One of the first photos we have of Eve. This was taken in 2010, a couple of months before she swallowed battery acid.

Here is Eve on the beach in January of 2013. That knowing smile on her face is because she believed (we all did) that she would be coming to the US with the team of people from OBOH. As you know, the medical visa failed.

Eve with her daddy only days before we left for home.

Eve and her mommy in the US, pointing back to where it all began.

Monday, March 18, 2013

Our Farm Needs Tools!

As you already know, we bought a farm! We are so excited about this new endeavor and thrilled to report that progress is already underway. Our friends in Harbel have cleared and prepared the “upland” and the “lowland,” and the cultivation of both sites is ongoing. It is their hope to plant rice and vegetables for now, but in order to do so they are in need of both seeds and tools to farm the land.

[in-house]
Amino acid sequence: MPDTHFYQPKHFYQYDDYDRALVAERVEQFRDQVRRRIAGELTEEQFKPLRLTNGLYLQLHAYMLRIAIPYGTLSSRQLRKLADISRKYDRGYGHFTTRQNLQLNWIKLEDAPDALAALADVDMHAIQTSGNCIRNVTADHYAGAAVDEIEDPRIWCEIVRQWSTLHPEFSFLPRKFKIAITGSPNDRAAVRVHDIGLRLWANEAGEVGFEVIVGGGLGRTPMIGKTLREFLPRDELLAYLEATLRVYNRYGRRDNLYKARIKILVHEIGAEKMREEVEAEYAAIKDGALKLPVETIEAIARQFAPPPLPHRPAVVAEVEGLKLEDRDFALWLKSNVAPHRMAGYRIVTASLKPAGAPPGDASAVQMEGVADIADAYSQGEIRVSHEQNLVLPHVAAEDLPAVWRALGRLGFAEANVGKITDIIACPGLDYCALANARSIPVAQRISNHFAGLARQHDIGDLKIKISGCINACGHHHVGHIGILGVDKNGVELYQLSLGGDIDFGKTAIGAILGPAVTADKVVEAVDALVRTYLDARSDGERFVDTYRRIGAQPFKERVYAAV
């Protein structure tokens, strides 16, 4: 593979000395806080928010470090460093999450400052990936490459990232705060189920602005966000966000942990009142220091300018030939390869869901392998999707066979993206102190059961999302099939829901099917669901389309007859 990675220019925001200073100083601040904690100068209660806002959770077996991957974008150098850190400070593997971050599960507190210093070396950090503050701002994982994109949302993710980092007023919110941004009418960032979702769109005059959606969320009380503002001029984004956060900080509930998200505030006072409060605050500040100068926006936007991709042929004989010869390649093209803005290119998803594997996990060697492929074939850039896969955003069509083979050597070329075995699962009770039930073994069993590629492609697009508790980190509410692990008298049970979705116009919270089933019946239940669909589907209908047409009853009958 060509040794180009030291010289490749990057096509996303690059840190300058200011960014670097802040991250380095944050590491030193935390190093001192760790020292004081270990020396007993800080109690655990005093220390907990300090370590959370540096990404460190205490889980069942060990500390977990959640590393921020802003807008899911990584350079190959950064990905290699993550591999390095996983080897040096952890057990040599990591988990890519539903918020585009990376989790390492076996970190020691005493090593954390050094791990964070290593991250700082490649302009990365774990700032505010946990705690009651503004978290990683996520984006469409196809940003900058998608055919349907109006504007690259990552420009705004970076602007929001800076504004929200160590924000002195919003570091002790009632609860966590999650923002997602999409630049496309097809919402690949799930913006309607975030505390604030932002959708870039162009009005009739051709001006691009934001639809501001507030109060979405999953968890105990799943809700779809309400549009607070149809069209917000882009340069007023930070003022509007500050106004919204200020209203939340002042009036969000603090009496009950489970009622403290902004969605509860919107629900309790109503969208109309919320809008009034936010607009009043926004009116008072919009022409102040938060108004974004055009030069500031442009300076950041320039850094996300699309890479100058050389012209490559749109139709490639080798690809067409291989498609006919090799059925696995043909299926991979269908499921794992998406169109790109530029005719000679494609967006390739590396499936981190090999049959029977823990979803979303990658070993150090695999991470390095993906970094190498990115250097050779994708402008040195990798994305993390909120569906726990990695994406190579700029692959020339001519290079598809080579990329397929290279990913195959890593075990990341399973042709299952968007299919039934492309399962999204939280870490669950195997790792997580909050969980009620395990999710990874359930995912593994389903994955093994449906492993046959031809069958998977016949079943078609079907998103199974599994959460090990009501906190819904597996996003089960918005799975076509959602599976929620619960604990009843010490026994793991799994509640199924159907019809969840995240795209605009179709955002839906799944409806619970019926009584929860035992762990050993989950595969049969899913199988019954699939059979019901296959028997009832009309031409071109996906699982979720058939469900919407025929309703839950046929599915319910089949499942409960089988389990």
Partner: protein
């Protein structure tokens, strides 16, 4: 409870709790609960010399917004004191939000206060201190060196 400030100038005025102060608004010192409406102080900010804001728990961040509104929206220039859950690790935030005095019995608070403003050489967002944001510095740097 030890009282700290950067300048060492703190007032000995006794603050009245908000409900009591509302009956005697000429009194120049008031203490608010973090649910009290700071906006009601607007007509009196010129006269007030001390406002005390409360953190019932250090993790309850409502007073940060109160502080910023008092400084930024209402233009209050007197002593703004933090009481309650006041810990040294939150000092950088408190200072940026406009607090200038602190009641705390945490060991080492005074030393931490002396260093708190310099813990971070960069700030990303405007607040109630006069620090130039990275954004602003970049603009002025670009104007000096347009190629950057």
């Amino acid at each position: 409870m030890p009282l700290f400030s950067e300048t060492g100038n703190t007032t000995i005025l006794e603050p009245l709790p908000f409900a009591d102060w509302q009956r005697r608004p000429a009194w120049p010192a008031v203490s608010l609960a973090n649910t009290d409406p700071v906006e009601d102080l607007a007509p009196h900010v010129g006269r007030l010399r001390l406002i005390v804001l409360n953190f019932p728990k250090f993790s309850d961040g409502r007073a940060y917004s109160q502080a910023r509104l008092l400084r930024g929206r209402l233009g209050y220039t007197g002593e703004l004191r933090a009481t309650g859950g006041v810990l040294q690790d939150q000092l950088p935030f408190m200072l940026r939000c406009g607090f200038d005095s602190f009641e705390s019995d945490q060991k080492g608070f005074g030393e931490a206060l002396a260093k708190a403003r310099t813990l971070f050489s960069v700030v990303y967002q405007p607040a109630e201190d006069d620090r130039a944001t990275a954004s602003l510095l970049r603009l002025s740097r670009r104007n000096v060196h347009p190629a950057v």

(Here are several of the workers and their families with the land waiting to be cleared behind them.
You'll recognize Emmanuel in the center in a bright orange shirt, 
and Abraham, the pastor of the Harbel church third from the left in a yellow shirt.)

Emmanuel shared a wish list with us, and we would like to invite you to participate in this exciting project! As the weather warms Okay, it’s not warming yet, but as our hearts long for spring, we dream about planting our own gardens and watching the trees and fields around us blossom with new life. How appropriate that our brothers and sisters in Liberia are experiencing the same joy and anticipation as they plant their own ground this spring! We may not get to work side by side, but as they work their soil and we till ours, we are participating in the same in-breaking of the kingdom of God in our own communities. This is inspirational, incarnational work, everyone. What a blessing to be a part of it!